Quantum simulation may be the most important benefit of quantum computers. Because they can simulate quantum physics, researchers may be able to perform a greater variety of experiments involving the subatomic world. Chemists may be able to use quantum computers to simulate chemical reactions, which may help them create new medicines [3].

Do quantum computers already exist and can I use one?

Quantum computers do exist, but the technology is in its infancy. Currently, quantum computers have few useful functions because there are still aspects of the technology that have not been developed. Computer engineers and mathematicians are hard at work making advancements in the field so that quantum computers in the future will be as revolutionary as we dream they’ll be. But don’t expect to be bringing one home from the electronics store any time soon.
However, you can play an online game on a quantum computer! Check out this simple quantum computer game. Hopefully, it’ll hold you over until the technology matures.
[2]; Entanglement Made Simple
About the Author: Zach Cabading is a contributing writer for HP® Tech Takes. Zach is a content creation specialist based in Southern California, and creates a variety of content for the tech industry.

Disclosure: Our site may get a share of revenue from the sale of the products featured on this page.

More about these products

Prices, specifications, availability and terms of offers may change without notice. Price protection, price matching or price guarantees do not apply to Intra-day, Daily Deals or limited-time promotions. Quantity limits may apply to orders, including orders for discounted and promotional items. Despite our best efforts, a small number of items may contain pricing, typography, or photography errors. Correct prices and promotions are validated at the time your order is placed. These terms apply only to products sold by; reseller offers may vary. Items sold by are not for immediate resale. Orders that do not comply with terms, conditions, and limitations may be cancelled. Contract and volume customers not eligible.

HP’s MSRP is subject to discount. HP’s MSRP price is shown as either a stand-alone price or as a strike-through price with a discounted or promotional price also listed. Discounted or promotional pricing is indicated by the presence of an additional higher MSRP strike-through price

The following applies to HP systems with Intel 6th Gen and other future-generation processors on systems shipping with Windows 7, Windows 8, Windows 8.1 or Windows 10 Pro systems downgraded to Windows 7 Professional, Windows 8 Pro, or Windows 8.1: This version of Windows running with the processor or chipsets used in this system has limited support from Microsoft. For more information about Microsoft’s support, please see Microsoft’s Support Lifecycle FAQ at

Ultrabook, Celeron, Celeron Inside, Core Inside, Intel, Intel Logo, Intel Atom, Intel Atom Inside, Intel Core, Intel Inside, Intel Inside Logo, Intel vPro, Itanium, Itanium Inside, Pentium, Pentium Inside, vPro Inside, Xeon, Xeon Phi, Xeon Inside, and Intel Optane are trademarks of Intel Corporation or its subsidiaries in the U.S. and/or other countries.

In-home warranty is available only on select customizable HP desktop PCs. Need for in-home service is determined by HP support representative. Customer may be required to run system self-test programs or correct reported faults by following advice given over phone. On-site services provided only if issue can't be corrected remotely. Service not available holidays and weekends.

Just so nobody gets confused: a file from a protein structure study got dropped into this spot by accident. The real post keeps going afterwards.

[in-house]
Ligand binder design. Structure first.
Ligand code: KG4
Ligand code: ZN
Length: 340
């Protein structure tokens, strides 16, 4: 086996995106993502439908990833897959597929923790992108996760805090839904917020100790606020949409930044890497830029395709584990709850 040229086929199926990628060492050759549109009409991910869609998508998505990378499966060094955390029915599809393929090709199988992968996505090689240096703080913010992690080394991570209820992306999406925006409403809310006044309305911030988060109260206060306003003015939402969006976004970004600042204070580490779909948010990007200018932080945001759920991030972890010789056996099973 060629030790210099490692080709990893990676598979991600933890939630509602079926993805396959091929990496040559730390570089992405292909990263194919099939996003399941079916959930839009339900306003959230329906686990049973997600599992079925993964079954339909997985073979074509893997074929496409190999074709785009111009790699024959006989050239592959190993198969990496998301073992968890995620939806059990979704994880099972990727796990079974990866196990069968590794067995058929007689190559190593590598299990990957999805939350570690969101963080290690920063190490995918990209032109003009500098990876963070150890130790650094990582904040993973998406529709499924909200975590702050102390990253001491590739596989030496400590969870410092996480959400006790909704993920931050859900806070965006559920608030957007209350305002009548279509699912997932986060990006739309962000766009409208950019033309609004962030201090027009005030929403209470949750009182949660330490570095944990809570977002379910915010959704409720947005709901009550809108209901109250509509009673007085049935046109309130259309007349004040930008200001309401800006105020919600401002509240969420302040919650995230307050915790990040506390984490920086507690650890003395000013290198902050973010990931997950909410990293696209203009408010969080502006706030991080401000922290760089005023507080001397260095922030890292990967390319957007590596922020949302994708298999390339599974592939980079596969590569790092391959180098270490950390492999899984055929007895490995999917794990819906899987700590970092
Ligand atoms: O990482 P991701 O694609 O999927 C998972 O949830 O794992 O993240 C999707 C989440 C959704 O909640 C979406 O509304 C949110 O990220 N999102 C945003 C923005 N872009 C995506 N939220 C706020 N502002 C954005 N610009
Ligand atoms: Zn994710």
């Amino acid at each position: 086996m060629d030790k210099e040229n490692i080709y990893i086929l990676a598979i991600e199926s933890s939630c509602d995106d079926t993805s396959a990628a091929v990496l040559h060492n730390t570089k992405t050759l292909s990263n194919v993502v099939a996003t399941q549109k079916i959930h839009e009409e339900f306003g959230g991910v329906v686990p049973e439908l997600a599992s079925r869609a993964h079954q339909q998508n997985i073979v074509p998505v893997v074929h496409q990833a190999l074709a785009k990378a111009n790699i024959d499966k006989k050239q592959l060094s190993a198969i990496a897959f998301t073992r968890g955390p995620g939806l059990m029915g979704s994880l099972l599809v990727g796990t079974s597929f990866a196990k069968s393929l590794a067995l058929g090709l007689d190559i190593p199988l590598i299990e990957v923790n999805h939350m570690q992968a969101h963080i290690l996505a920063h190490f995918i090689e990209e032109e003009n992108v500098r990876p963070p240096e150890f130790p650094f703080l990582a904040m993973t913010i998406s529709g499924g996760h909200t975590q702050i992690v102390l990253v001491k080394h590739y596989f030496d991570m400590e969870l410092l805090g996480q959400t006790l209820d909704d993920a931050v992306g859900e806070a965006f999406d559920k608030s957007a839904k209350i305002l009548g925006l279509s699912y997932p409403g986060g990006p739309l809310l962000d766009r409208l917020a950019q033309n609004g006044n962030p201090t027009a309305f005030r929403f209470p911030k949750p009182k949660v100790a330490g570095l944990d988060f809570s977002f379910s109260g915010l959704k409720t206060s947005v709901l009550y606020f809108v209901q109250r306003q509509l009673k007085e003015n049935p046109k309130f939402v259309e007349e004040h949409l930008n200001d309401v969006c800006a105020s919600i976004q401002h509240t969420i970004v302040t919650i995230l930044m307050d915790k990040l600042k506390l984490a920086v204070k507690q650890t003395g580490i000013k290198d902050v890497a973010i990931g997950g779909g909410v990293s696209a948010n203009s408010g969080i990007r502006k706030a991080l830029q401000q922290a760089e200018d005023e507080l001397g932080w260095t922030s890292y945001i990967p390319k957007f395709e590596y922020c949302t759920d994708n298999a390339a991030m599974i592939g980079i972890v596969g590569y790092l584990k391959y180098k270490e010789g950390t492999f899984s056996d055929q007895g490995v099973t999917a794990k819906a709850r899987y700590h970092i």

HP will transfer your name and address information, IP address, products ordered and associated costs and other personal information related to processing your application to Bill Me Later®. Bill Me Later will use that data under its privacy policy.

Microsoft Windows 10: Not all features are available in all editions or versions of Windows 10. Systems may require upgraded and/or separately purchased hardware, drivers, software or BIOS update to take full advantage of Windows 10 functionality. Windows 10 is automatically updated, which is always enabled. ISP fees may apply and additional requirements may apply over time for updates. See

“Best All In One Printer” and “the easiest printer you’ve ever had to set up” from Wirecutter. ©2020 The Wirecutter, Inc.. All rights reserved. Used under license.

Get Marvel’s Avengers when you purchase HP gaming PCs with qualifying 9th gen or 10th gen Intel® Core™ i5, i7 and i9 processors. Redemption code will be sent out by email within 60 days of purchase. Limited quantities and while supply lasts. Offer valid thru 12/31/2020 only while supplies last. We reserve the right to replace titles in the offer for ones of equal or greater value. Certain titles may not be available to all consumers because of age restrictions. The Offer may be changed, cancelled, or suspended at any time, for any reason, without notice, at Intel’s reasonable discretion if its fairness or integrity affected whether due to human or technical error. The Offer sponsor is Intel Corporation, 2200 Mission College Blvd., Santa Clara, CA 95054, USA. To participate you must create an Intel Digital Hub Account, purchase a qualifying product during the redemption period, enter a valid Master Key, and respond to a brief survey. Information you submit is collected, stored, processed, and used on servers in the USA. For more information on offer details, eligibility, restrictions, and our privacy policy, visit

© 2020 MARVEL. © Intel Corporation. Intel, the Intel logo, and other Intel marks are trademarks of Intel Corporation or its subsidiaries in the U.S. and/or other countries. Other names and brands may be claimed as the property of others.

The personal information you provide will be used according to the HP Privacy Statement (